The US Navy dispatched aircraft carrier USS Ronald Reagan and other vessels which flew a series of helicopter operations. A spokesman for U.S. 7th Fleet naval personnel stated that monitoring equipment indicated that the warship had been exposed to radiation. Separate hand-held equipment also picked up the contamination on 17 crew members, who had participated in rescue operations. Commander Jeff Davis said that the exposure was low enough that after the crew washed with soap and water, follow-up tests were negative. Davis characterized the exposure as comparable to routine civilian activities and reiterated the US Navy's commitment to the relief operation.[19] As a precaution, the aircraft carrier was repositioned farther offshore, away from the downwind direction of the plant and decontaminated. Several helicopters were decontaminated after returning from flights. One helicopter made a landing at Fukushima Airport after experiencing rotor icing and exposed some Australian and New Zealand search and rescue team members to low levels of radiation.

Radiation precautions were taken at U.S. bases, including USS George Washington leaving port at Yokosuka after very low levels of radiation were detected there. Part of its air complement moved to Misawa Air Base to support relief operations.[20] External scientists not participating in the Operation have concluded these precautions failed to protect not only American military members, but also the millions of citizens in Japan operating under the auspice that radiation wasn't a concern. The effects of the radiation have not been analyzed in detail to conclude one way or the other. Further, it is alleged that there were pressures by the countries of Japan and the United States, in order to not disturb their international relationship, to pressure media sources to not accurately report on the severity of the radiation exposure.[21]

Three years after the accident, servicemen who were part of the operation have reported radiation-related disorders, including cancers, thyroid disease, uterine bleeding and other ailments. 51 crew members have filed a lawsuit against the Tokyo Electric Power Company, which owns the Fukushima Daiichi power plant.[22] (Under US law, military personnel are not permitted to sue the armed forces for damages.)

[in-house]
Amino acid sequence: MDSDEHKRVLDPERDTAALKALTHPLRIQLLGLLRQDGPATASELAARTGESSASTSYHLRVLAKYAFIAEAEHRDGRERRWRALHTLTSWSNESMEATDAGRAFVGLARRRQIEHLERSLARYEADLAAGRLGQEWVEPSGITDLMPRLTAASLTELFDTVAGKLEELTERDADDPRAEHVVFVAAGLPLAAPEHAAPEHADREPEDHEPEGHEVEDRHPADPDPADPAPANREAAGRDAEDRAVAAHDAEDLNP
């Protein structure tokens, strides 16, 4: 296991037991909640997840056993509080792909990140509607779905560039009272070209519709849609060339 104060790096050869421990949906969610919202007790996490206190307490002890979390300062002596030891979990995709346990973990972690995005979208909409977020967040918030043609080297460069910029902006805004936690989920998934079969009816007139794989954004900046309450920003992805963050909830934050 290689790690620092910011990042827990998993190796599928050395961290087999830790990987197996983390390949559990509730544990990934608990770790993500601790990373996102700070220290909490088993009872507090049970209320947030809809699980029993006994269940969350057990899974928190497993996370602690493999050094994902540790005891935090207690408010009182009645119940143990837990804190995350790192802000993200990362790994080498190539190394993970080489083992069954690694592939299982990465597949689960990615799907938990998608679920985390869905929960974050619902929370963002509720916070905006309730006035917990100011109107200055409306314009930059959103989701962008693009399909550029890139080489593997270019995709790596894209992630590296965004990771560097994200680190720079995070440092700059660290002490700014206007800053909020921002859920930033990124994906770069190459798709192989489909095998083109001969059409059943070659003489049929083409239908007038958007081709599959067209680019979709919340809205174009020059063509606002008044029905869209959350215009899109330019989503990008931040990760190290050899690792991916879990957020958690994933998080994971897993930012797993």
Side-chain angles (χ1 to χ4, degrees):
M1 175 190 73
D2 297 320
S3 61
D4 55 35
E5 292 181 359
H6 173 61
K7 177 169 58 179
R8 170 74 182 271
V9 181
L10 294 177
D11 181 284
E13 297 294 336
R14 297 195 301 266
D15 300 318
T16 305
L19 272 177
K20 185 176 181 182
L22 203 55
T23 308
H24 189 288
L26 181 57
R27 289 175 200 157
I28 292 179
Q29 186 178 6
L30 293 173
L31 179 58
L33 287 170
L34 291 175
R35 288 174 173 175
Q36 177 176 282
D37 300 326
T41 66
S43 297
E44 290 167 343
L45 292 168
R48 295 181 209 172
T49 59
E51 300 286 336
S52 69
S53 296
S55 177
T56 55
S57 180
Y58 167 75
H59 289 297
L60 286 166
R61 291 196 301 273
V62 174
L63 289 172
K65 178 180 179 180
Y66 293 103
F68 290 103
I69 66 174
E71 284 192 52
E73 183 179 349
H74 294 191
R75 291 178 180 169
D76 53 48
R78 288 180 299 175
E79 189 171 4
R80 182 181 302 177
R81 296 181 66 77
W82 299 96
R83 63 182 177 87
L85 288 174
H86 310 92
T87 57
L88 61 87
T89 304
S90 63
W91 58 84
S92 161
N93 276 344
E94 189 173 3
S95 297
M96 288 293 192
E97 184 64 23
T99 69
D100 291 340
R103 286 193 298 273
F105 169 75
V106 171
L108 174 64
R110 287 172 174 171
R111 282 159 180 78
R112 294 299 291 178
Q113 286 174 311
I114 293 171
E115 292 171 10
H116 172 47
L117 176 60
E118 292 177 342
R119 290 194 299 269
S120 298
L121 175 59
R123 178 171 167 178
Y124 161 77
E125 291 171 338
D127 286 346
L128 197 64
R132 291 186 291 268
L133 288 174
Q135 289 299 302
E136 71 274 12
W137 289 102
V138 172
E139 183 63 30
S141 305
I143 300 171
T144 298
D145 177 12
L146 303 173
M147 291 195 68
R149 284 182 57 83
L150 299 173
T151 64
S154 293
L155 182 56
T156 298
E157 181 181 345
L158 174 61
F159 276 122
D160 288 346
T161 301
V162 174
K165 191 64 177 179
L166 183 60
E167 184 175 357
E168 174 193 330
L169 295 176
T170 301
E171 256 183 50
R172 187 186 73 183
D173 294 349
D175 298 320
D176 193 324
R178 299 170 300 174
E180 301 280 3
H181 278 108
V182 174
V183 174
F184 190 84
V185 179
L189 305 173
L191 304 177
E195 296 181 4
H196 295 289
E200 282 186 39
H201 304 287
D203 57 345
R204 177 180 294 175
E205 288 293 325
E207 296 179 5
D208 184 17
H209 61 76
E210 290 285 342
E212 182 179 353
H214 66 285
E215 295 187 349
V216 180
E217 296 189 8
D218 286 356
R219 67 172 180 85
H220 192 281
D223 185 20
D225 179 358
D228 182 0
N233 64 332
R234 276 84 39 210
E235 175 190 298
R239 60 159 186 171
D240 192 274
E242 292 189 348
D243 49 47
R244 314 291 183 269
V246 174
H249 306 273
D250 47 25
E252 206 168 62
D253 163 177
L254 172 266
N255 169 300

Marine CorpsEdit

Marines move from Okinawa aboard a KC-130

United States Marine Corps facilities in Japan escaped major damage, with no reported casualties.[23][24] This intact infrastructure allowed Marines from III Marine Expeditionary Force and Marine Corps Base Camp Smedley D. Butler to mobilize aid quickly.[25][26][not specific enough to verify]

Marines based at Marine Corps Air Station Futenma moved command and control teams and systems to NAF Atsugi.[3] Eight KC-130Js from VMGR-152 and eight CH-46E and four CH-53 Super Stallions transport helicopters from HMM-265, all from MCAS Futenma, were made available to transport rescue teams and equipment, as well as provide search and rescue.[3]

The 31st Marine Expeditionary Unit responded to Northern Japan from Malaysia and Indonesia, where the unit was conducting Theater Security Cooperation exercises. The 31st MEU delivered relief supplies to five cities, one island and one Japanese ship. More than 164,000 pounds of food and relief supplies were delivered, along with thousands of gallons of water. Elements of the 31st MEU, including Combat Logistics Battalion 31, 2nd Battalion 5th Marines went ashore on Oshima Island to deliver critical supplies and assist in debris removal.

MV Westpac Express, a civil-registered fast ferry chartered by the Marine Corps, was made available to transport equipment from Okinawa to Honshu.[3] Westpac Express made two sorties in support of Operation Tomodachi. The ship moved 450 tons of cargo, including 7-ton trucks, fuel tankers, generators and water tanks from Okinawa to Iwakuni, Japan, arriving 15 March. On 20 March, Westpac Express loaded 226 pallets of bottled water at Pohang, ROK, off-loading at Iwakuni the next day.[13]

Air ForceEdit

A United States Air Force KC-135 Stratotanker arrived at Misawa Air Base on 14 March with the first batch of relief workers and 50 civil engineers from Kadena Air Base.[27]

A USAF C-17 is checked for radiation at Yokota after a relief flight.

Two C-17A Globemaster cargo aircraft from Joint Base Lewis-McChord were made available to transport rescue teams and equipment.[3] A Global Hawk unmanned aerial vehicle was deployed from Guam for damage assessments.[7]

Air baseEdit

Yokota Air Base is the hub for air operations from which cleanup crews were dispatched to clean up Sendai airport. At a Town Hall meeting, Colonel "Otto" Feather, the Commander of the 374th Air Wing USAF, presented an overview of joint forces operations in support of the Japanese and emphasized teamwork between various players. He stated that "we are very blessed" to be in Japan because it had a highly sophisticated set of technologies to minimize the damage but that the personnel, logistic and financing problems were formidable.

He repeatedly asserted that the situation is "eminently controllable" in part due to highly experienced personnel available for various contingencies. US military personnel stationed at the Air Base expressed interest in making cash donations – in dollars or yen – to the American Red Cross and other organizations working in the Japanese relief effort.[28]


Several Sikorsky UH-60 Black Hawk helicopters from the U.S. Army Japan Aviation Detachment have been made available for relief efforts. A disaster assessment team from I Corps (United States) Forward departed Camp Zama and arrived in northeastern Japan on 14 March to assist in relief and humanitarian operations as well as set up a forward logistics base for supplies.[29] A 59-member logistics team from Sagamihara General Depot helped reopen Sendai Airport.[7]

Operation Pacific PassageEdit